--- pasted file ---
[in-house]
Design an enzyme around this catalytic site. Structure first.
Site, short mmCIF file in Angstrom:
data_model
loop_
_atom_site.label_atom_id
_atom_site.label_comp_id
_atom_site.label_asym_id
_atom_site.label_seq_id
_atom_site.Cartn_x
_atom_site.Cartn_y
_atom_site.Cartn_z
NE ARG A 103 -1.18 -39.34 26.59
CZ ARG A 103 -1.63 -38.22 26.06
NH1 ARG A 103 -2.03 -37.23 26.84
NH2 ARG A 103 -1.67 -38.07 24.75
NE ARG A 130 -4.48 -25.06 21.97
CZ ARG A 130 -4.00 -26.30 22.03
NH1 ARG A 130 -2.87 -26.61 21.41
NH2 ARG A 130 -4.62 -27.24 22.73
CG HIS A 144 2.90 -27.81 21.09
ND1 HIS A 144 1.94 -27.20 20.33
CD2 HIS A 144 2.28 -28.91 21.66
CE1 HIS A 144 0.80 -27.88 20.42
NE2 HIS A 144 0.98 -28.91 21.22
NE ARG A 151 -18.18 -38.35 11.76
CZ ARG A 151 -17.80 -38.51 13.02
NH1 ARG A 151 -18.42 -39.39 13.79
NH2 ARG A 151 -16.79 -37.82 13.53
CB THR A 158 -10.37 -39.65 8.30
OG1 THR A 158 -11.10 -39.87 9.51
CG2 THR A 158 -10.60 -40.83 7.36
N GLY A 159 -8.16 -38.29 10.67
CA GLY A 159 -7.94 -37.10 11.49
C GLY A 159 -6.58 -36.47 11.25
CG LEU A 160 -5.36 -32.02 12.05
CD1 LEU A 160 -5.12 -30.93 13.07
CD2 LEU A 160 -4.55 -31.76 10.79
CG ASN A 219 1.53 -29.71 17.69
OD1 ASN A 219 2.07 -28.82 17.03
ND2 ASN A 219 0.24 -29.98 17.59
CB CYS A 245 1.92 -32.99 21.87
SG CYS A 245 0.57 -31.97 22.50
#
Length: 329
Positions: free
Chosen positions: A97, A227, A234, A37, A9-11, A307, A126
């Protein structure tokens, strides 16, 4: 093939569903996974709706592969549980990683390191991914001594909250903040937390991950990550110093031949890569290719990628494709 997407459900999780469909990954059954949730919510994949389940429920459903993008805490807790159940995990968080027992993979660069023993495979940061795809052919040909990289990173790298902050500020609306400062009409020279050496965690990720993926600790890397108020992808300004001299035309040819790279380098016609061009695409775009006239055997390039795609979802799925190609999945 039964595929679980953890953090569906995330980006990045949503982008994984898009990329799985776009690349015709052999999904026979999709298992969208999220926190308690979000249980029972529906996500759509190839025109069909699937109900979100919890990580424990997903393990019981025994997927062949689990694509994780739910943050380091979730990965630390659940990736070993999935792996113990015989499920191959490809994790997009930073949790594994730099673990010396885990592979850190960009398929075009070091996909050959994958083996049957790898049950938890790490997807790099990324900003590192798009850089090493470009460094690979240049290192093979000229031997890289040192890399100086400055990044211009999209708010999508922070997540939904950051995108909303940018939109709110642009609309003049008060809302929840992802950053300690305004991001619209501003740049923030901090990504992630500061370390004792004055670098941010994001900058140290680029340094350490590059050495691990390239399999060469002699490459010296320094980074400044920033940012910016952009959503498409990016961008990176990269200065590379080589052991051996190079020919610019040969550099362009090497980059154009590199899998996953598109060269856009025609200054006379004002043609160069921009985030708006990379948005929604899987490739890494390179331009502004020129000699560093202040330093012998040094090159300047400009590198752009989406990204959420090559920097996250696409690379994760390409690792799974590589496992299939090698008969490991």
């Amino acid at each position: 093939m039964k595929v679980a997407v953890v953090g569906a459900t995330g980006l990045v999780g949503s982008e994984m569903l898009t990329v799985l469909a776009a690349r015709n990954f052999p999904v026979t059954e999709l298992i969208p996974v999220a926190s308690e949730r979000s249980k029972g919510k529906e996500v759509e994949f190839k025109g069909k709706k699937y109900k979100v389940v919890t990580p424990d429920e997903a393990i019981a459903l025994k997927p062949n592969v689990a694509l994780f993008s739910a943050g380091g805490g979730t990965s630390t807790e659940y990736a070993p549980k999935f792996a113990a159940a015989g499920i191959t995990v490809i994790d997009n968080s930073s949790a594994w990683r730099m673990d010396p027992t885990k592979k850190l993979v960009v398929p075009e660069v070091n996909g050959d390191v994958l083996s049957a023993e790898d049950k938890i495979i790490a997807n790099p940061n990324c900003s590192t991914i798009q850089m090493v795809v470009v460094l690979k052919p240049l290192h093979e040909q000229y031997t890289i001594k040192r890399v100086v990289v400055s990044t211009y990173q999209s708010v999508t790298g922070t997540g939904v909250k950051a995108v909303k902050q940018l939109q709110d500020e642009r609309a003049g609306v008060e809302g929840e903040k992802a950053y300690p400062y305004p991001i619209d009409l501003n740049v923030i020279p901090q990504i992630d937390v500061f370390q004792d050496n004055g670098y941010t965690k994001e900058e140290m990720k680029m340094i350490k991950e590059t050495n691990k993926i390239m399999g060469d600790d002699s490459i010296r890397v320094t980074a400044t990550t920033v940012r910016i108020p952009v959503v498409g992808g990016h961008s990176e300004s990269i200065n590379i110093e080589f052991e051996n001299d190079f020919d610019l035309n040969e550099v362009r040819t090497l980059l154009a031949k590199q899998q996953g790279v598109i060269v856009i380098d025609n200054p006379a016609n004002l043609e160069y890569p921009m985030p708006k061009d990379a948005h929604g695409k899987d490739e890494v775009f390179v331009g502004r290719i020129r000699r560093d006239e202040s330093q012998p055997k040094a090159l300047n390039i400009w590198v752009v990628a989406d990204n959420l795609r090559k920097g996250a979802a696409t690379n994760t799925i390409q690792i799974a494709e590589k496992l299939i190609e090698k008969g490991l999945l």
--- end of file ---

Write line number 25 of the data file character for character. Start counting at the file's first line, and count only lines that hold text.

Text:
NE2 HIS A 144 0.98 -28.91 21.22